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Image caption, Some 35 current and former leaders are featured in the files from offshore companies, dubbed the Pandora Papers
Several world leaders have denied wrongdoing after featuring in a huge leak of financial documents from offshore companies.
Dubbed the Pandora Papers, the 12 million files constitute the biggest such leak in history.
Russian President Vladimir Putin and Jordan’s King Abdullah II bin Al-Hussein are among some 35 current and former leaders linked to the files.
Both have issued statements saying they have done nothing wrong.
Jordan’s royal palace said it was “not unusual nor improper” that King Abdullah owned property abroad.
Leaked documents show the leader secretly spent more than £70m ($100m) on a property empire in the UK and US since taking power in 1999.
Kremlin spokesman Dmitry Peskov meanwhile questioned the reliability of the “unsubstantiated” information, after it detailed hidden wealth linked to President Putin and members of his inner circle.
“For now it is just not clear what this information is and what it is about,” he told reporters, adding that “we didn’t see any hidden wealth of Putin’s inner circle in there”.
The data was obtained by the International Consortium of Investigative Journalists (ICIJ) in Washington DC, which has been working with more than 140 media organisations on its biggest ever global investigation.
BBC Panorama and the Guardian have led the investigation in the UK.
Media caption, ‘One rule for the rich, another for ordinary people’
Other leaders linked to the leak include:
- Czech Prime Minister Andrej Babis, who allegedly failed to declare an offshore investment company used to purchase two villas for £12m in the south of France
- Kenyan President Uhuru Kenyatta, who – along with six members of his family – has been linked to 13 offshore companies
- And Chile’s President Sebastián Piñera, a billionaire businessman, who is accused of selling a copper and iron mine in an environmentally sensitive area to a childhood friend, as detailed in Spain’s El Pais newspaper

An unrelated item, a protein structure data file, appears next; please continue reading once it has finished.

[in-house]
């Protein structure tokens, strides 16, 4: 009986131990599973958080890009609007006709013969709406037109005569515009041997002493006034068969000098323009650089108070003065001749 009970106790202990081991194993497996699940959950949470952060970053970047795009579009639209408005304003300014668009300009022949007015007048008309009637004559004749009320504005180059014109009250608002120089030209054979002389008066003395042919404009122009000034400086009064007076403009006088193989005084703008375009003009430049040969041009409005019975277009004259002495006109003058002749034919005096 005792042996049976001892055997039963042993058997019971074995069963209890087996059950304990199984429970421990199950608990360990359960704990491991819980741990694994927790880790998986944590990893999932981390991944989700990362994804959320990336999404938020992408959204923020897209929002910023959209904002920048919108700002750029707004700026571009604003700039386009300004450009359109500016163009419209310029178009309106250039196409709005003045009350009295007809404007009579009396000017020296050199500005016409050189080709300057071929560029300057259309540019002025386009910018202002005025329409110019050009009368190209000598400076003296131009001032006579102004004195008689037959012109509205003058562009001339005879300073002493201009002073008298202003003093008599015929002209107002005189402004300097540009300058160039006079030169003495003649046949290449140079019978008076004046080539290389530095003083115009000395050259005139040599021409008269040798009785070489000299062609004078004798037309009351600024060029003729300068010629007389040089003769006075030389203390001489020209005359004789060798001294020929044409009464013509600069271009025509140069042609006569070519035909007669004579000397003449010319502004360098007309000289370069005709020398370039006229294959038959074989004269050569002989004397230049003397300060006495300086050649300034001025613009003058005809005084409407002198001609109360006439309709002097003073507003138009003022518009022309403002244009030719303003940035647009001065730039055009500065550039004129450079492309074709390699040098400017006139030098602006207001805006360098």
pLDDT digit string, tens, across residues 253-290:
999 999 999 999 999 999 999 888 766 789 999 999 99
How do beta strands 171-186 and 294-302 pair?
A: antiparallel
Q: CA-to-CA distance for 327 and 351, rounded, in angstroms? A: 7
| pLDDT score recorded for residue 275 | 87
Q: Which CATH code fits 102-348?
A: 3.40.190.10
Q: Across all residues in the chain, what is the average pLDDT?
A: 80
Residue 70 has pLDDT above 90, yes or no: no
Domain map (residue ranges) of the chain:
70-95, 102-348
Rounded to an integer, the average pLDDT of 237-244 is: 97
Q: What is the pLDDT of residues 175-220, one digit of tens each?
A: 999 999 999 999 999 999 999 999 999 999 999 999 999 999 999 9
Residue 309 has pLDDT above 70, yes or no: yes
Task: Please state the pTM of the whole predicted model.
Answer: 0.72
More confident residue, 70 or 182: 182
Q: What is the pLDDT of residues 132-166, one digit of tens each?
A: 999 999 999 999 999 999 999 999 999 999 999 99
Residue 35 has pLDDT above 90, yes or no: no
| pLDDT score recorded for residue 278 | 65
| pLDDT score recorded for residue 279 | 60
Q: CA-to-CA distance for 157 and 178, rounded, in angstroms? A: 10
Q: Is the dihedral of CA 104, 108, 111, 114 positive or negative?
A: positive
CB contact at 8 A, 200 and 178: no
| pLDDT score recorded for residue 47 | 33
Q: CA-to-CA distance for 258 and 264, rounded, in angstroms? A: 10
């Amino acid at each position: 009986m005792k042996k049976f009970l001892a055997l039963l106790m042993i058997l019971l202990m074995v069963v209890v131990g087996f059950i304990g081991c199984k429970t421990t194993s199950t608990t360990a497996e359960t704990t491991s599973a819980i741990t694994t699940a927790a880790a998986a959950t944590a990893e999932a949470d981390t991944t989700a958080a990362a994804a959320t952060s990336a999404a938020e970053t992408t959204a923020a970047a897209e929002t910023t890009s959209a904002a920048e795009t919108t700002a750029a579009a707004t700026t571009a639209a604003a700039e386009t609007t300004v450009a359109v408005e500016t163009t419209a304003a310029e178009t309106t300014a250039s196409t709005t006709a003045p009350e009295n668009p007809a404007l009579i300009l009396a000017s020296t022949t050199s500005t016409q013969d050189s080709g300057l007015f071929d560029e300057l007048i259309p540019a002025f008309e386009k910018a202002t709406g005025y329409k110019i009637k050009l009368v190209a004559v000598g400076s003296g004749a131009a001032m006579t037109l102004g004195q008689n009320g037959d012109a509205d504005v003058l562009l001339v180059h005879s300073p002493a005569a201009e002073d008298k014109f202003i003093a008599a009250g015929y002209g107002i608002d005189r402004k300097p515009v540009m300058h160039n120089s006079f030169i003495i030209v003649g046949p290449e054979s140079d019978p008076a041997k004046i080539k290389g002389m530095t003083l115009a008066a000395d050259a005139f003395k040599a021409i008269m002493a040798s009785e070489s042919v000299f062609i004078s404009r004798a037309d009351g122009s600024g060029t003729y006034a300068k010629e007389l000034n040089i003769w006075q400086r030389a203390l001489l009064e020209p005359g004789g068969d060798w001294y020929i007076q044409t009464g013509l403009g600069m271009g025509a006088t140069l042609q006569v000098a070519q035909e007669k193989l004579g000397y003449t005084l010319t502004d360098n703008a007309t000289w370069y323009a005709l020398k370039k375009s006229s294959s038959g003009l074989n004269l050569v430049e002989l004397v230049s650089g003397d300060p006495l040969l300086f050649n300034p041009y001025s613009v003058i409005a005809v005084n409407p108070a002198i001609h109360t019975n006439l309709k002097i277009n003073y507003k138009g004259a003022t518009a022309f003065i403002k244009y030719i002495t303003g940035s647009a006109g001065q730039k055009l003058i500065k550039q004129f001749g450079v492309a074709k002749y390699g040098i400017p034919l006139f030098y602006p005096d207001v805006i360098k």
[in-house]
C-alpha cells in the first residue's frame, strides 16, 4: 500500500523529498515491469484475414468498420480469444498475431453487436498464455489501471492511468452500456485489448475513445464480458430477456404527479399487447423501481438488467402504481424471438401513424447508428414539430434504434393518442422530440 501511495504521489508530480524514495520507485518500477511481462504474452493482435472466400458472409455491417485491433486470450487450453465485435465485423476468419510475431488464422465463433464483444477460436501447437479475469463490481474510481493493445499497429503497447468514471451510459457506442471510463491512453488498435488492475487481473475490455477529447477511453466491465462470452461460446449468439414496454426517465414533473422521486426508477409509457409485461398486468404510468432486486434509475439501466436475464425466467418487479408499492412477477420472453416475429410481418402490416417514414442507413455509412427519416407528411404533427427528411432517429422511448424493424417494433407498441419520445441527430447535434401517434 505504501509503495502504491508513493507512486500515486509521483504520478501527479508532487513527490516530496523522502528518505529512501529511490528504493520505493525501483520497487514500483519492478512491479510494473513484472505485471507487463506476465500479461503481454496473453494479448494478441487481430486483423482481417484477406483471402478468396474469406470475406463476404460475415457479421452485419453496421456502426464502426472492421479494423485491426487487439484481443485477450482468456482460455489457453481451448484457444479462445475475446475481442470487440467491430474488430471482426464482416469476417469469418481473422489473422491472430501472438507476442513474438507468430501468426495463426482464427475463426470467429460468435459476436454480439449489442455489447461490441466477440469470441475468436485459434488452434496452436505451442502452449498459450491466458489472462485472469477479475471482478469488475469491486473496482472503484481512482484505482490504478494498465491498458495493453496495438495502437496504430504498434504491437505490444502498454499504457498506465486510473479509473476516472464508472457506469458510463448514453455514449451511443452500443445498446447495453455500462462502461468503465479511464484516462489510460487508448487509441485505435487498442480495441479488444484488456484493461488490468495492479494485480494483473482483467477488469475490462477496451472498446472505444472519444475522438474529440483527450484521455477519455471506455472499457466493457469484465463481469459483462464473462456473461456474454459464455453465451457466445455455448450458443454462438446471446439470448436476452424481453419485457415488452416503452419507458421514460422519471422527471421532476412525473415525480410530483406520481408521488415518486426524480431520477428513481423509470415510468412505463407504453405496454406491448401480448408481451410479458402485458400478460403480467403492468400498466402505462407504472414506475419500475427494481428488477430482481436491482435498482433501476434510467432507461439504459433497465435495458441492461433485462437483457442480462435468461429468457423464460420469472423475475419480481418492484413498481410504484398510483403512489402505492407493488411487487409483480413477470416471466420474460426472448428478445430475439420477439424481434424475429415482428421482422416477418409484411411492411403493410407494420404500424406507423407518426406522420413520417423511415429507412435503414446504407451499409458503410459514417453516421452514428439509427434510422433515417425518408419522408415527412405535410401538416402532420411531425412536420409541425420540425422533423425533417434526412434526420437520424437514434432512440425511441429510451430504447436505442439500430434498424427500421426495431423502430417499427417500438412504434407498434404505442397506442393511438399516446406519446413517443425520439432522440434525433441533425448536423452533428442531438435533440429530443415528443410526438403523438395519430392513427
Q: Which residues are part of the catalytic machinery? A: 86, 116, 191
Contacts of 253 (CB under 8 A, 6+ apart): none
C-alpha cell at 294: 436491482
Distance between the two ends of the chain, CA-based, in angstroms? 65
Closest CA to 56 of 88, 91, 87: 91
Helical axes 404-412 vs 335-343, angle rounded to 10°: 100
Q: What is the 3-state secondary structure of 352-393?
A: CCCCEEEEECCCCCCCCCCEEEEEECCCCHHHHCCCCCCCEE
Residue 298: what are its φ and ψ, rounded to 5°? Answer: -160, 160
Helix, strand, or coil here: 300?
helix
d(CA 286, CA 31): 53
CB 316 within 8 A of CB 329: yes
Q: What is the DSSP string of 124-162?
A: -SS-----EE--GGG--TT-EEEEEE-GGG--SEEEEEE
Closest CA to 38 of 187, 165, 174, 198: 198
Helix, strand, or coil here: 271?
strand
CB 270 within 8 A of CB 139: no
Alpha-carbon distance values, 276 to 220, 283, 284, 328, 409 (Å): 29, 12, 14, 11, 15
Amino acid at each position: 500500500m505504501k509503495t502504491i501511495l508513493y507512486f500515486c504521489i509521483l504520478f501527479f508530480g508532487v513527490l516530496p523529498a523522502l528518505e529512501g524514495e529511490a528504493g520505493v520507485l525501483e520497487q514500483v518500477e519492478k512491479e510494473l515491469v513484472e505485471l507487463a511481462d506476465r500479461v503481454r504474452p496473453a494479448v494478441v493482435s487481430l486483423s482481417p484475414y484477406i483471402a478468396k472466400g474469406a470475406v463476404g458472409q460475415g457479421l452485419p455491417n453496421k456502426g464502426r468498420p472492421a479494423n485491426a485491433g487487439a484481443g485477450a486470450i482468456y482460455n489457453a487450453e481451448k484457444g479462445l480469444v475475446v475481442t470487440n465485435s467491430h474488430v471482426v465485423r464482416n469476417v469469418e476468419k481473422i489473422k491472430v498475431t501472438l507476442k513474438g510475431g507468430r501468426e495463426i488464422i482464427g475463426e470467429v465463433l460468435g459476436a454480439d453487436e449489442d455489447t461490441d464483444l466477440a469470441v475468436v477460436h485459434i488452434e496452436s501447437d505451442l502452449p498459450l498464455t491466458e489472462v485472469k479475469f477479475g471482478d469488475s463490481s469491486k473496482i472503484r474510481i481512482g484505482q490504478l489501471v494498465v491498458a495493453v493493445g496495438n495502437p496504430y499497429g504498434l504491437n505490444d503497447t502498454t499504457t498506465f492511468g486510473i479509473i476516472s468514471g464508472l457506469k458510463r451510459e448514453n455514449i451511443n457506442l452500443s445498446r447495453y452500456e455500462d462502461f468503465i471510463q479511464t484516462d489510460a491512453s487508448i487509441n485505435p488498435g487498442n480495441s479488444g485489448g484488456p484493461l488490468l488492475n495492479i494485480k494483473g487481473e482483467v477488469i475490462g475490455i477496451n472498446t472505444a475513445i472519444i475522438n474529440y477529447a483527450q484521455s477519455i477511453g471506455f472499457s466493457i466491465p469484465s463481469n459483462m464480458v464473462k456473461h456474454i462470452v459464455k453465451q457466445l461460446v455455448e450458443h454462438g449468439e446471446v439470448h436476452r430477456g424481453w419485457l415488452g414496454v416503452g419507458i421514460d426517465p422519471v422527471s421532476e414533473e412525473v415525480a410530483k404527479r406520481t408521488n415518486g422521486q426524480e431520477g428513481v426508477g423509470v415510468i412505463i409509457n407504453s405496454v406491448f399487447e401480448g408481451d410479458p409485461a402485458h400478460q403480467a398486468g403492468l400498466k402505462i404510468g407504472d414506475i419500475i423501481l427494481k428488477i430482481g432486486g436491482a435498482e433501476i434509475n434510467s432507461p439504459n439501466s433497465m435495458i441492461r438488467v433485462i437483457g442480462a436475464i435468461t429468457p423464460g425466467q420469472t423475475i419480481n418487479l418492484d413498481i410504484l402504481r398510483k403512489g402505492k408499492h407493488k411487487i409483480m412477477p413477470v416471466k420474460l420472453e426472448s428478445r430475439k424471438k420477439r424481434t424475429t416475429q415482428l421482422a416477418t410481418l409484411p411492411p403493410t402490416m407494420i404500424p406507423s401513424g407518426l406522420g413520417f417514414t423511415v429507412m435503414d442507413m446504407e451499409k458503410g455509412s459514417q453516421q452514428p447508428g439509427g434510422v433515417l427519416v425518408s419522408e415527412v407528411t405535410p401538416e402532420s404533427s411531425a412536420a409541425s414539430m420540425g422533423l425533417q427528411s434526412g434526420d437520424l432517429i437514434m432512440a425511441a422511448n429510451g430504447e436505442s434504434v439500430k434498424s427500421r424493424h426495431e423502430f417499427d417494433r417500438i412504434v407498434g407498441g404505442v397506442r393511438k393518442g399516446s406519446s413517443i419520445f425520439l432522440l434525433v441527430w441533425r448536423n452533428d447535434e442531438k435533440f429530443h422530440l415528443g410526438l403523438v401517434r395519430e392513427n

In a tweet thread, the Czech prime minister said the allegations are an attempt to influence elections scheduled for this week and insisted he has “never done anything wrong or illegal”.
Mr Kenyatta said the investigation “will go a long way in enhancing the financial transparency and openness that we require in Kenya and around the globe”, and promised to “respond comprehensively” to the leak once he returned from a state visit abroad.
The Pandora Papers show no evidence that the Kenyatta family stole or hid state assets in their offshore companies.
And a statement from Mr Piñera’s office said he denied taking part in or having any information on the sale of the Dominga mining project.
Meanwhile Pakistan’s Prime Minister Imran Khan has vowed to investigate citizens linked to the Pandora Papers. Hundreds of Pakistanis, including members of Mr Khan’s cabinet, are linked to the leak.
The Pandora Papers is a leak of almost 12 million documents and files exposing the secret wealth and dealings of world leaders, politicians and billionaires. The data was obtained by the International Consortium of Investigative Journalists in Washington DC which has led one of the the biggest ever global investigations.
More than 600 journalists from 117 countries have looked at the hidden fortunes of some of the most powerful people on the planet.
Pandora Papers coverage: Follow reaction on Twitter using #PandoraPapers, in the BBC News app, or watch Panorama on the BBC iPlayer (UK viewers only)